Harrington not relishing the prospect of an extended Saturday

Mark McGowan

Padraig Harrington (Photo by Warren Little/Getty Images)

After opening his Valero Texas Open challenge with an impressive 68 in testing, windy conditions following a near three-and-a-half hour fog delay, Padraig Harrington rolled back the clock to fire a four-under par round that saw him head the early starters, only for Justin Lower to reach -5 through nine before play was halted for darkness.

This means that, barring further delays, Harrington’s 1:20 pm second round tee time will be pushed out to a likely 4 pm or later, making it unlikely that he’ll complete more than nine holes today [Friday].

The PGA Tour will then try to make up as much time as possible on Saturday, meaning that should Harrington safely make the 36-hole cut, he could have as many as 27 holes to play on what would be an extended moving day; far from ideal for a 51-year-old who admitted that he requires extensive recovery work after a round these days.


“I will spend a good few hours in the physio truck this afternoon, yeah,” he explained after the opening round. “The only thing I’m worried about is I’m probably going to have to play 26, 27 holes on Saturday. After walking 18 holes, I can’t do much. My leg, it’s my leg actually, it seizes up quite a bit afterwards.

“Yeah, look, I’ll figure it out, don’t worry. All these things, you’d always find a way of working through it. While it would be something I would be mindful of, I don’t think it will hold me back.”

Despite the additional physical therapy required post-round these days, Harrington’s game defies his age. He reached 120mph clubhead speed with the driver on several tee shots in his opening round, a full five mph faster than Tour average, carrying the ball over 305 yards through the air on the ninth and 18th holes, and despite going through some struggles in recent years, he is as enthusiastic for the game as he’s ever been.

“I think because I’m an optimist, pretty enthusiastic person,” he explained, “I get up in the morning and it just, it drives me on. I wake up and the minute I go hit a golf shot, and you’d think I’d have sense at this stage, I’m dreaming that I’m going to find the secret. I know there isn’t one, but you’re always hopeful, dreaming. I think just keeps you young, it keeps you there.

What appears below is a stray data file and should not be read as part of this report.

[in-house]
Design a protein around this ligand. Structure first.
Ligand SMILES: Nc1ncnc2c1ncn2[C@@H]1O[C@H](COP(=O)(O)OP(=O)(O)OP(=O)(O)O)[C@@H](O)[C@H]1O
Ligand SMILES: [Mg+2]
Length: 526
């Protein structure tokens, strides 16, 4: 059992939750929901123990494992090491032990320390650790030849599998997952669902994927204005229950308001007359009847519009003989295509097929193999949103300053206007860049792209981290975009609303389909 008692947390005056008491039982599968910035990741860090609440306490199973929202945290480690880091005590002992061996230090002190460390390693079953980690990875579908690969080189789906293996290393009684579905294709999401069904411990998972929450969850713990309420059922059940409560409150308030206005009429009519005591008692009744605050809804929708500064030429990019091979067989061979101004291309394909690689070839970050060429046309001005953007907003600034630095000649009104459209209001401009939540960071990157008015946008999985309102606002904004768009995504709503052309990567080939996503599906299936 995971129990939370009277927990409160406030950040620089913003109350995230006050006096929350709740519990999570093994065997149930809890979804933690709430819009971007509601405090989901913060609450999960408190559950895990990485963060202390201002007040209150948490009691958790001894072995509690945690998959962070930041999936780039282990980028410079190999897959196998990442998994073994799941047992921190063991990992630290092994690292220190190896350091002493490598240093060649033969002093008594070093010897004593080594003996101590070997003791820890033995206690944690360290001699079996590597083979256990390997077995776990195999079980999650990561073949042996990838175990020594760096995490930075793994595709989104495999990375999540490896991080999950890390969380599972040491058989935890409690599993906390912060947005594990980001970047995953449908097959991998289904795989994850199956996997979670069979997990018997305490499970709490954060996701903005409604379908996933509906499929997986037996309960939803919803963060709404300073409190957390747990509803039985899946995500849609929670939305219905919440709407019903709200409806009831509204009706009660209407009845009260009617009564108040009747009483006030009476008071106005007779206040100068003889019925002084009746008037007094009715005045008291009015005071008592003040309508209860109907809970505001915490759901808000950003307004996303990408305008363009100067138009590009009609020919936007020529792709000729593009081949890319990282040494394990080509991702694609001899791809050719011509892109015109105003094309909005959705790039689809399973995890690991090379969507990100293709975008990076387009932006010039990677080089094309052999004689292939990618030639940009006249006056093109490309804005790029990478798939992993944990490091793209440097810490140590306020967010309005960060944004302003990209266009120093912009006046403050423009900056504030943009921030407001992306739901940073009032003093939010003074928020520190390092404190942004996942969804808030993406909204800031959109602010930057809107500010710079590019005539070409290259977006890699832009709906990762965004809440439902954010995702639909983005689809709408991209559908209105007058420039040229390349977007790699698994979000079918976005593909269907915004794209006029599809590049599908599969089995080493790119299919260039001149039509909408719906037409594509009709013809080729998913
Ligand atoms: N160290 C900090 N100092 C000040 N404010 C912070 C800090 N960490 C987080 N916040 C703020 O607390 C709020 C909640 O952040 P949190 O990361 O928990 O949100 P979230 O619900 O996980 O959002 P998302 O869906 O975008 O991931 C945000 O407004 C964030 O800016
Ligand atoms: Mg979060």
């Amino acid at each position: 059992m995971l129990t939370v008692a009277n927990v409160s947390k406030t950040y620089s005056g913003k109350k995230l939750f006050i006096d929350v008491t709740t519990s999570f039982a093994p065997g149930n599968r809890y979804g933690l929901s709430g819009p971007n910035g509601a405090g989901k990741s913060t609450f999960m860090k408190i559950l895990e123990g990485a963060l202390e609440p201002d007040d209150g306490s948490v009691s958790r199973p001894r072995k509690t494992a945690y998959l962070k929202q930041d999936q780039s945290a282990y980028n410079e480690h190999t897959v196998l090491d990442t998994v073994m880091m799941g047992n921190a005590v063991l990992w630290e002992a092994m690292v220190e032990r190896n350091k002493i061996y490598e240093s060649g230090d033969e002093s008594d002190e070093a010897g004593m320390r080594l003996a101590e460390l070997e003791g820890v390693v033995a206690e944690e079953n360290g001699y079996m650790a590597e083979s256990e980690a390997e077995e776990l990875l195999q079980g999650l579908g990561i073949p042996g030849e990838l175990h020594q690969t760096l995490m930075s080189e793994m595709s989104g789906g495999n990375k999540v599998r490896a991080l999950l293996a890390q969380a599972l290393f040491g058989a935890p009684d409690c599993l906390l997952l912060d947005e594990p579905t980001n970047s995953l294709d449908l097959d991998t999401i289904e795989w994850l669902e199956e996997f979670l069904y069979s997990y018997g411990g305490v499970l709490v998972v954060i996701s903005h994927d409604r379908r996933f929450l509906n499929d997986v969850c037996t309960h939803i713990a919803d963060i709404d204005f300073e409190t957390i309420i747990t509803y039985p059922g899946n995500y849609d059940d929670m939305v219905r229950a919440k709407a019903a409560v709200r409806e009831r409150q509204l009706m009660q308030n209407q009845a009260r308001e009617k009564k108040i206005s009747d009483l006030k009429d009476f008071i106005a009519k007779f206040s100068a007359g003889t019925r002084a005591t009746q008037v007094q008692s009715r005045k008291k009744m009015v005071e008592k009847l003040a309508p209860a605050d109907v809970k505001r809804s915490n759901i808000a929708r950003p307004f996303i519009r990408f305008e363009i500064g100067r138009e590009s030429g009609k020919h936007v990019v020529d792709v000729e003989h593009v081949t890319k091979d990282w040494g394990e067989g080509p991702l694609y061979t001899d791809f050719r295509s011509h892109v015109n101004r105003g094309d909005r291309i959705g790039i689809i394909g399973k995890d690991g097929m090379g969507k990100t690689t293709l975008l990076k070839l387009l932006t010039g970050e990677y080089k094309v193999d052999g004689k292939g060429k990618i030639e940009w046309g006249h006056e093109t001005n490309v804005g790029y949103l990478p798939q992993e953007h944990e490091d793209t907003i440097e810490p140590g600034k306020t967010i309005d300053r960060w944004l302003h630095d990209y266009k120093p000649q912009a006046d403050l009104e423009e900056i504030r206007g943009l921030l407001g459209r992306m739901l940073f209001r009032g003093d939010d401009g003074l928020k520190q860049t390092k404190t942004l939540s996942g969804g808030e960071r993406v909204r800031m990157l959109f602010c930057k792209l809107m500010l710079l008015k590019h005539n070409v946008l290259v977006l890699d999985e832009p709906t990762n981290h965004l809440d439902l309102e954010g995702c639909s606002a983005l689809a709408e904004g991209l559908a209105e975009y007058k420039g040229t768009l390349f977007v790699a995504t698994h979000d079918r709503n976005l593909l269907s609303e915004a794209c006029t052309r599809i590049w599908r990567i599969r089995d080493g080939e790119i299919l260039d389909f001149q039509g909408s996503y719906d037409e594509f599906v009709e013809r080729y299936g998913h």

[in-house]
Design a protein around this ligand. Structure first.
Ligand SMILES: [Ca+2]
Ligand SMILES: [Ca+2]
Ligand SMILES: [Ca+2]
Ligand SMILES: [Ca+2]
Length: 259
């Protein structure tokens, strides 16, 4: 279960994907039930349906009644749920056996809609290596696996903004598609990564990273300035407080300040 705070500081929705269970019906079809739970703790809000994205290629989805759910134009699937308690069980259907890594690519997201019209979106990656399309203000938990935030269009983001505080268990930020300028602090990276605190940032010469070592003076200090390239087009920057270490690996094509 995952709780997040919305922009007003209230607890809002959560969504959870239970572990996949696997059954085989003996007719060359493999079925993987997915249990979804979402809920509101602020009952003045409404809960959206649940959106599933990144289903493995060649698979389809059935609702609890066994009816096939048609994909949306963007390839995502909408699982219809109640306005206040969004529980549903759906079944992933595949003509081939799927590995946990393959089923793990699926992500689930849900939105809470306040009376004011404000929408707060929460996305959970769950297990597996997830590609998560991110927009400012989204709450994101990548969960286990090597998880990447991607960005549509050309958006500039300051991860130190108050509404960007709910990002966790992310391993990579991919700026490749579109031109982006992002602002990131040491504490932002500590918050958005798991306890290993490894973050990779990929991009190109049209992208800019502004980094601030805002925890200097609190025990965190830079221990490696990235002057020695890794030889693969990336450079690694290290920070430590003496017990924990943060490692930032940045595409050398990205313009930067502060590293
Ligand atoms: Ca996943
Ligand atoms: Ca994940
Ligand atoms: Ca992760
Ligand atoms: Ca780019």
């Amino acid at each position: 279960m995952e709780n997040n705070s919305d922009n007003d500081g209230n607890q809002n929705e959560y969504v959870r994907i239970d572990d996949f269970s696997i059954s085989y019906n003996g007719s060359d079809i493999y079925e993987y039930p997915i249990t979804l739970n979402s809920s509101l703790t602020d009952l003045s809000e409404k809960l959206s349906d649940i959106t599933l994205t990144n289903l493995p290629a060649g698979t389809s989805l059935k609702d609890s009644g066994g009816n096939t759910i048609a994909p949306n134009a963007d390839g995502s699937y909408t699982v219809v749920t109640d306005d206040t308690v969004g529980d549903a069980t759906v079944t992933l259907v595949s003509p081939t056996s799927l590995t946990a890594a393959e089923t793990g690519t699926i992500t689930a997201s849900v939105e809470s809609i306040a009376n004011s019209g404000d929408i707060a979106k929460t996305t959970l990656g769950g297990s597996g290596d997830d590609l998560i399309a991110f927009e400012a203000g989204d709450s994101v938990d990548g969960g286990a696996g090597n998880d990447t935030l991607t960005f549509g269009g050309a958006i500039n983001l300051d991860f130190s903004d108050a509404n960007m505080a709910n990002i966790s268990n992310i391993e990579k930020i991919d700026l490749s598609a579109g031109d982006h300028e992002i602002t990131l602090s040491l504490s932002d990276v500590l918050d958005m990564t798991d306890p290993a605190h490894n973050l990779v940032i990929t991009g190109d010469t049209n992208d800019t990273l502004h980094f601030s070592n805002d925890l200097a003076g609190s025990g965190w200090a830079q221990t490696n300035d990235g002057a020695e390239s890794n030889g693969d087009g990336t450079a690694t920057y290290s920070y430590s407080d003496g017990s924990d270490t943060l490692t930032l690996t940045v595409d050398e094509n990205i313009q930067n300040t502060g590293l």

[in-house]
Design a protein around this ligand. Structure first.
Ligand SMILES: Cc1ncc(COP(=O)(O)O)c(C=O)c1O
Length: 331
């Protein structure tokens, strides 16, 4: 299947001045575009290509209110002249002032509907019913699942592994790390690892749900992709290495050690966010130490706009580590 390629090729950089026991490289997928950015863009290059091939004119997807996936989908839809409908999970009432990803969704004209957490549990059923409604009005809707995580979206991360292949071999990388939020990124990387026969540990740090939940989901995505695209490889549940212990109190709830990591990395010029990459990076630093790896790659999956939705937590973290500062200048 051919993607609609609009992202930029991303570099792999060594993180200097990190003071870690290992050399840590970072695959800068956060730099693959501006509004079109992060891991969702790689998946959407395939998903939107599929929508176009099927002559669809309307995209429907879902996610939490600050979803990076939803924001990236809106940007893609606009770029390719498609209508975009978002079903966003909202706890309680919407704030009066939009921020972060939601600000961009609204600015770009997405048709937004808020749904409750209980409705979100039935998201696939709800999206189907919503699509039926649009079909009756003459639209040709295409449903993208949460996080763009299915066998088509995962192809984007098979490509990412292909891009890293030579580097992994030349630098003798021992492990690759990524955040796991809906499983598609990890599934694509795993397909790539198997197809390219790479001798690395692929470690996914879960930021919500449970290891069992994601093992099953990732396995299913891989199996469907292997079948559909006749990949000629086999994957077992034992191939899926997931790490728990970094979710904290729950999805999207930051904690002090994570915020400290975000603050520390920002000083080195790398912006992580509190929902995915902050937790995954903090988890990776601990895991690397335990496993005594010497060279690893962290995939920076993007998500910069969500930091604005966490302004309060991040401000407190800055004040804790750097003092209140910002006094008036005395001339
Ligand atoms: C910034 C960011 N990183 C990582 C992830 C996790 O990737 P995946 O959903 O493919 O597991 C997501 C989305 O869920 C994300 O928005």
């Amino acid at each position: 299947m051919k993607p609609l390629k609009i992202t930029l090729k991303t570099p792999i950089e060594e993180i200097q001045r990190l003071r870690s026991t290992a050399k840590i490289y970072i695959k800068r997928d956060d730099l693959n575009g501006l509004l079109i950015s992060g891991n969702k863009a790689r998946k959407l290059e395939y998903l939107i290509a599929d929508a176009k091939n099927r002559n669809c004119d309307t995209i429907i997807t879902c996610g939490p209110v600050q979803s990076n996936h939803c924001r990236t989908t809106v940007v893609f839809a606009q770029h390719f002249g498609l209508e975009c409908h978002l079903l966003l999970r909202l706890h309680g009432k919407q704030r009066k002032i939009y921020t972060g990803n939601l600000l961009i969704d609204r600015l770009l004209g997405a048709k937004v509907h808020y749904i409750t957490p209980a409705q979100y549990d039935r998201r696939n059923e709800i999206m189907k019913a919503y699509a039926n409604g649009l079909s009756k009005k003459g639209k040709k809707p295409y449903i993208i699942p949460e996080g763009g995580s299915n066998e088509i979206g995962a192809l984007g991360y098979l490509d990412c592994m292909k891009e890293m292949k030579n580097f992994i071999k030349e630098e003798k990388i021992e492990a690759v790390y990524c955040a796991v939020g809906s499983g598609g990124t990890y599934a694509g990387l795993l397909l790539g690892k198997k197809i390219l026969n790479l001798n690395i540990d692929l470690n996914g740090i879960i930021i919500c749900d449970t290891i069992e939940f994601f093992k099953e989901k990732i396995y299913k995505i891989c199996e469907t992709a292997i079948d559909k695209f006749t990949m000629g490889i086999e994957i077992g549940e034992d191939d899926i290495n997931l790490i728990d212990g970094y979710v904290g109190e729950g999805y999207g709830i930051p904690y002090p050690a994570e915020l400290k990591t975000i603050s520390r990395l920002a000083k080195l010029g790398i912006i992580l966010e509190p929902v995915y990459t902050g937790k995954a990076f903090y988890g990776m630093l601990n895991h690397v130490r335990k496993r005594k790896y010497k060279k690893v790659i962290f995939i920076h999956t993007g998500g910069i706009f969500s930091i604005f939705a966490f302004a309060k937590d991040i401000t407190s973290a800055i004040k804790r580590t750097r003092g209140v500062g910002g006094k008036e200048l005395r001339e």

“And I figured I’d burnt out maybe five, maybe five six years ago, I’d have been burnt out when it came to golf and I established a new way of doing it for myself. You know, I’m not as intense as I would have been, I look to enjoy my weeks more. Yeah, I’m a little bit more relaxed about everything that goes on.

“I know I’m going to try hard enough, so I can afford to take a step back and I think that was the only way I could continue to compete out here is just to take a step back and enjoy the stuff I enjoy and trying to get rid of the stuff that was making it tedious.”

With the Masters just a week away, the field is set for the year’s first major with the only addition to the 88-strong field being this week’s winner should he not already be qualified and you can be sure that Harrington, just a couple of months ahead of being inducted into the World Golf Hall of Fame, is desperately keen to earn that final spot and become the 89th entrant and one of a would-be record-setting five Irishmen to compete in a Masters tournament.

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